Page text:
Immunosuppression limits effector CD8+ T cell entry into subcutaneous melanoma

Identification: 4061


Description

Immunosuppression limits effector CD8+ T cell entry into subcutaneous melanoma

Ashley L. Wilson1, Amber N. Woods1, Victor H. Engelhard1

1Beirne B. Carter Center for Immunology Research and Dept. of Microbiology, Immunology & Cancer Biology, Univ. of Virginia School of Medicine, Charlottesville, VA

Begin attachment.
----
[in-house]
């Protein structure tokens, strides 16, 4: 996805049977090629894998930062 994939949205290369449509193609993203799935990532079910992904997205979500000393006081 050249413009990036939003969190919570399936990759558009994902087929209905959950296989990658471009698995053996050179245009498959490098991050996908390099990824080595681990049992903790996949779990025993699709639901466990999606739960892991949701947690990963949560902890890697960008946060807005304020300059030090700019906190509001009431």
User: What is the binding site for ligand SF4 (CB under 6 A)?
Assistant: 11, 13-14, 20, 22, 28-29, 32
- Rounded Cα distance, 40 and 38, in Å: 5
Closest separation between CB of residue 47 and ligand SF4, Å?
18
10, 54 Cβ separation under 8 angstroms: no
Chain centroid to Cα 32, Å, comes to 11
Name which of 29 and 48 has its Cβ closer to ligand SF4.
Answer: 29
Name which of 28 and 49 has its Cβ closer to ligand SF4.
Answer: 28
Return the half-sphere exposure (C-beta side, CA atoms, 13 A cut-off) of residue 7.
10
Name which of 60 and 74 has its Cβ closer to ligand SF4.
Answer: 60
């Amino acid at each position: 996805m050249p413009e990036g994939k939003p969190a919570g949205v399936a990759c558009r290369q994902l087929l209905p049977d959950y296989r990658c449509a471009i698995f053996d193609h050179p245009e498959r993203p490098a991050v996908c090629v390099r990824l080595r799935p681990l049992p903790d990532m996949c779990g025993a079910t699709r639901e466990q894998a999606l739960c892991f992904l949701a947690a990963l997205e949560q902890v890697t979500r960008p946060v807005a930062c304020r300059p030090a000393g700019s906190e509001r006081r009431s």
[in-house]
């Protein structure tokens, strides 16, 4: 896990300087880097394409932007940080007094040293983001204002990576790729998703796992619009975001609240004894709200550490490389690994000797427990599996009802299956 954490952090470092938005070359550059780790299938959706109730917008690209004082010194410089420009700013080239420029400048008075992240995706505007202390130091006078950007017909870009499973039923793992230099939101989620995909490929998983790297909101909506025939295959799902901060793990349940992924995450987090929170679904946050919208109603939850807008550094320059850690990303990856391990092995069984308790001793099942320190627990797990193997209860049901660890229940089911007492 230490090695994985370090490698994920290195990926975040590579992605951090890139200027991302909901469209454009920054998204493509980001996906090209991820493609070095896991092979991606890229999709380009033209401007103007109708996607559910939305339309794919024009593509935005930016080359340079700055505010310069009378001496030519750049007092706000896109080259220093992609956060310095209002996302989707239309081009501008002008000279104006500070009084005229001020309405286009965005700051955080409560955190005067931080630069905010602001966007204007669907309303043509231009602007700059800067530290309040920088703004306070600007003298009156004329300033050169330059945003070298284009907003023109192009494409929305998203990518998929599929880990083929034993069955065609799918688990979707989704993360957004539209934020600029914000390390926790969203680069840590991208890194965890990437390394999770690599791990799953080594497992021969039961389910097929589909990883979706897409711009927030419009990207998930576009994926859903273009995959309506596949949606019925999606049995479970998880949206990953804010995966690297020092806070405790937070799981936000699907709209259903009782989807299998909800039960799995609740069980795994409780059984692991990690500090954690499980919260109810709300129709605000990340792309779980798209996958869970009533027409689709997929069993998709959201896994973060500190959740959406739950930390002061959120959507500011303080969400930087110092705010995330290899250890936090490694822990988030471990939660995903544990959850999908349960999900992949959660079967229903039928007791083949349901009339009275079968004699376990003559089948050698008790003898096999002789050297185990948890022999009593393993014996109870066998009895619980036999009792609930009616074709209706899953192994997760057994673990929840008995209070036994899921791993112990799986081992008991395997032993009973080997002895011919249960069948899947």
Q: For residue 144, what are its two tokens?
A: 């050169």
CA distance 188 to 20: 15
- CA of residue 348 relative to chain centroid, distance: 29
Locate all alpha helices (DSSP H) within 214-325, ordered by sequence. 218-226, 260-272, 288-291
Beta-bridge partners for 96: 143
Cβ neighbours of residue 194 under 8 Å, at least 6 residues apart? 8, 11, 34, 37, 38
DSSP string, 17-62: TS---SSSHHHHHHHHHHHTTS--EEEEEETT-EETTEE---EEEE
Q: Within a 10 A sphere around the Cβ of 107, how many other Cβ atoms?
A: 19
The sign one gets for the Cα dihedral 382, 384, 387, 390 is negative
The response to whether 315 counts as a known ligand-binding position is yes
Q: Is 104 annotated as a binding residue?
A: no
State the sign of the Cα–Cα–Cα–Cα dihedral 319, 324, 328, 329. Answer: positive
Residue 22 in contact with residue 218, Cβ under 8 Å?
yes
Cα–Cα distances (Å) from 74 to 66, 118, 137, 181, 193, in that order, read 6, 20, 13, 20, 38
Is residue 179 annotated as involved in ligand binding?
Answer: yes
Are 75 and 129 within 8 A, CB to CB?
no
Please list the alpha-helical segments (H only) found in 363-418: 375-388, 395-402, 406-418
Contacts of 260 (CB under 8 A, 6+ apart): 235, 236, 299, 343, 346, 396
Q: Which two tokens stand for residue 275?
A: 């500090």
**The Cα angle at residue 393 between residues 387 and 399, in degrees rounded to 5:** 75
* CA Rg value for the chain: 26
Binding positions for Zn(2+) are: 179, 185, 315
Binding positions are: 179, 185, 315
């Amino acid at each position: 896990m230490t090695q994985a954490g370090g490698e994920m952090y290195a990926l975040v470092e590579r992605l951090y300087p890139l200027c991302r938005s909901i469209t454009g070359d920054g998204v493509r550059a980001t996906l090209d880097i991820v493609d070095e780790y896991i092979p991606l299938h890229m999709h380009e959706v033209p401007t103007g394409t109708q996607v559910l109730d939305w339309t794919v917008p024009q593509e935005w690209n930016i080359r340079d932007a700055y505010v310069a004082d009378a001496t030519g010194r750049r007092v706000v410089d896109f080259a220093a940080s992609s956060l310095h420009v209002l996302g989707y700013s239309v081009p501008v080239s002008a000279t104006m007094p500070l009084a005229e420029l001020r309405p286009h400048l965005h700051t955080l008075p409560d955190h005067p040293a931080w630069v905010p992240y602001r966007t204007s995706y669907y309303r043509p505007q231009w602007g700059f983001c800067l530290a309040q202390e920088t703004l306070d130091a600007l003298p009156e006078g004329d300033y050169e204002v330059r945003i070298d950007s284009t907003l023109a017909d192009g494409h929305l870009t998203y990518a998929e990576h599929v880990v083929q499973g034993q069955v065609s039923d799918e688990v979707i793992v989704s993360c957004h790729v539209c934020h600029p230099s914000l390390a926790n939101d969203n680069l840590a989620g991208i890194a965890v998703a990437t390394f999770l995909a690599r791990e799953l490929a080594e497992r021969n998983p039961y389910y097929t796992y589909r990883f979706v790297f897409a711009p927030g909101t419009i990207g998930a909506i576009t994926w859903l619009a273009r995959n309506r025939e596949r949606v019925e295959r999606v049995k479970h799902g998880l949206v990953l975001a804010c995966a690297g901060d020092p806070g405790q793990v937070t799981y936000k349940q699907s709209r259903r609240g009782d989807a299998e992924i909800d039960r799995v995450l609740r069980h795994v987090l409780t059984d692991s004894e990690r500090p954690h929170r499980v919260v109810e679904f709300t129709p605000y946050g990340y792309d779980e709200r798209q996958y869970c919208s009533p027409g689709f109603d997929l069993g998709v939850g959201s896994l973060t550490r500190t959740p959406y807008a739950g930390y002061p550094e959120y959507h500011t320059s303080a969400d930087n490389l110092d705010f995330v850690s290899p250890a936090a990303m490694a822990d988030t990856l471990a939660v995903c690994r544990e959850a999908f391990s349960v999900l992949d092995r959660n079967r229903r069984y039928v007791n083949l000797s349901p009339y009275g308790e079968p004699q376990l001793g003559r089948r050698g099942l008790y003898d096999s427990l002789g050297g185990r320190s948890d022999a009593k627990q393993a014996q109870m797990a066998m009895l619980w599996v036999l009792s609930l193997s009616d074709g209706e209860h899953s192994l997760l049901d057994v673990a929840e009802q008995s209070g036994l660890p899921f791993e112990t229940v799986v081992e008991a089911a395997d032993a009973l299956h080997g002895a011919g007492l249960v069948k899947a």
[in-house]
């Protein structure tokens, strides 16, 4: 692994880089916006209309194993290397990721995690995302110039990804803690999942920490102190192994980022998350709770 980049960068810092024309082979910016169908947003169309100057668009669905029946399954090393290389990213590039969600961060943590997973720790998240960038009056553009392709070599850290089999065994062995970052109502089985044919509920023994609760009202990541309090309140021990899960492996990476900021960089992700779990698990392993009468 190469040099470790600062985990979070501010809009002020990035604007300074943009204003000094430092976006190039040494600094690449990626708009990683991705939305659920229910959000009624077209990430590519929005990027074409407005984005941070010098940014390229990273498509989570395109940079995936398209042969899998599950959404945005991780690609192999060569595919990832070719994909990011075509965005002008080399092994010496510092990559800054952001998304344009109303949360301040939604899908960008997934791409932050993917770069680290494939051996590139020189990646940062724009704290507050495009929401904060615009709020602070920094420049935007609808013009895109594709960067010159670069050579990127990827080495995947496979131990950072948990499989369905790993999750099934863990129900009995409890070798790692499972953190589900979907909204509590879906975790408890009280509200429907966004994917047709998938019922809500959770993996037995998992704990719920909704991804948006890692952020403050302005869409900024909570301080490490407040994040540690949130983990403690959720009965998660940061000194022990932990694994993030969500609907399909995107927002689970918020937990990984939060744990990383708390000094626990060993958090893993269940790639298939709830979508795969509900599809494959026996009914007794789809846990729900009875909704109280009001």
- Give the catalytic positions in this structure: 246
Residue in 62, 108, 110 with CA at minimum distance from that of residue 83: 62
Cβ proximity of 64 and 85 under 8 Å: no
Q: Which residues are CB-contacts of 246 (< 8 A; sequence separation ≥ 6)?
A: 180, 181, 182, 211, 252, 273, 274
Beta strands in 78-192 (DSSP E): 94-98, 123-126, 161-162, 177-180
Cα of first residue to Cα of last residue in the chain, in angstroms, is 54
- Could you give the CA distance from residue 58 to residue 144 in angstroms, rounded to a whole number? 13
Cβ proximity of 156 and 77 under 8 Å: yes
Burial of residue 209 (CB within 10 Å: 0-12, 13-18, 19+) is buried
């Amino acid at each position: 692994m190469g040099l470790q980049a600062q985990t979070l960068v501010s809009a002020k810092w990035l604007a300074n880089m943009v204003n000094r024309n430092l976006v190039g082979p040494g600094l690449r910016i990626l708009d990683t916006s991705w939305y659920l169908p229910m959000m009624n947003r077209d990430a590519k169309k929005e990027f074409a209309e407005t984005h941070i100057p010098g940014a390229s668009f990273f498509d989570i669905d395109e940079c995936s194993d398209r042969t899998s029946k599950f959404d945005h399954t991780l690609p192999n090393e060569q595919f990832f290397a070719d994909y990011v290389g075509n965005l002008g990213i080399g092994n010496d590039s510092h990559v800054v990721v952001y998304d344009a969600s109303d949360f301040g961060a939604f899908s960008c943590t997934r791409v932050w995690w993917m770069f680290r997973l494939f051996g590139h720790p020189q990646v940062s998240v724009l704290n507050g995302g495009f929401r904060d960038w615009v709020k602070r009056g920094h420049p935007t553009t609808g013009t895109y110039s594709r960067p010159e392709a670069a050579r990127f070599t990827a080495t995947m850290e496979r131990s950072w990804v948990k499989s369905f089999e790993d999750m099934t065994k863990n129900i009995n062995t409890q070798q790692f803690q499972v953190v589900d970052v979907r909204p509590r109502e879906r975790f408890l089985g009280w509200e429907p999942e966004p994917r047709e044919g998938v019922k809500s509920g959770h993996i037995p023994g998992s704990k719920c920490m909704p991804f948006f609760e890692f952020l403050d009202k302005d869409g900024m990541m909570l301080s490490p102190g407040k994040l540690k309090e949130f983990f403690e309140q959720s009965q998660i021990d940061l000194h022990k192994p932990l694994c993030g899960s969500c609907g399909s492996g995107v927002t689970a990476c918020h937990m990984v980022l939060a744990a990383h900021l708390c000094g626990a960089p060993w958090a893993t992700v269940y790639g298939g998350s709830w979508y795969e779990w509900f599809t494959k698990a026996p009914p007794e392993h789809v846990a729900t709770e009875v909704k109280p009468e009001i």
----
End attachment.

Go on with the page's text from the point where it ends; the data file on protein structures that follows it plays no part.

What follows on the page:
Checkpoint blockade inhibition has emerged as a promising therapeutic strategy for many types of cancer. Despite achieving durable responses in a small number of patients, a vast majority fail to respond to treatment. Infiltration of effector CD8 T cells into tumors is associated with improved clinical response. Interactions between homing receptors (HR) and ligands on the vasculature facilitate CD8 T cell entry into tissues. HR ligand expression on normal inflamed tissue vasculature is induced by the local release of pro-inflammatory cytokines. In tumors, however, it is likely that expression of HR ligands on tumor vasculature is suboptimal due to immunosuppression. We hypothesized that disruption of immunosuppression would increase HR ligand expression on tumor vasculature, and consequently, enhance CD8 T cell entry. B16-F1 melanoma tumor-bearing mice were treated with a blocking antibody against CTLA-4, and HR ligand expression on tumor vasculature and CD8 T cell representation were assessed. We found that tumors responsive to CTLA-4 blockade had significantly increased CD8 T cell representation and reduced tumor burden. This subset of tumors also had increased VCAM-1 and intravascular CXCL9 expression. Increased VCAM-1, CXCL9, and CD8 T cell representation required IFNg signaling. While tumors responsive to CTLA-4 blockade had elevated numbers of cytokine-producing effectors, the frequency of intratumoral PD-1+ CD8 T cells significantly increased. Our data suggest that CTLA-4 blockade may act to enhance T cell activation in tumor-draining lymph nodes to increase the number of CD8 T cell effectors available to infiltrate tumors. It is also possible that CTLA-4 blockade may act on CTLA-4+ intratumoral Tregs, thereby promoting reactivation of tumor-resident CD8 T cell effectors that secrete pro-inflammatory cytokines that upregulate HR ligands on tumor vasculature.

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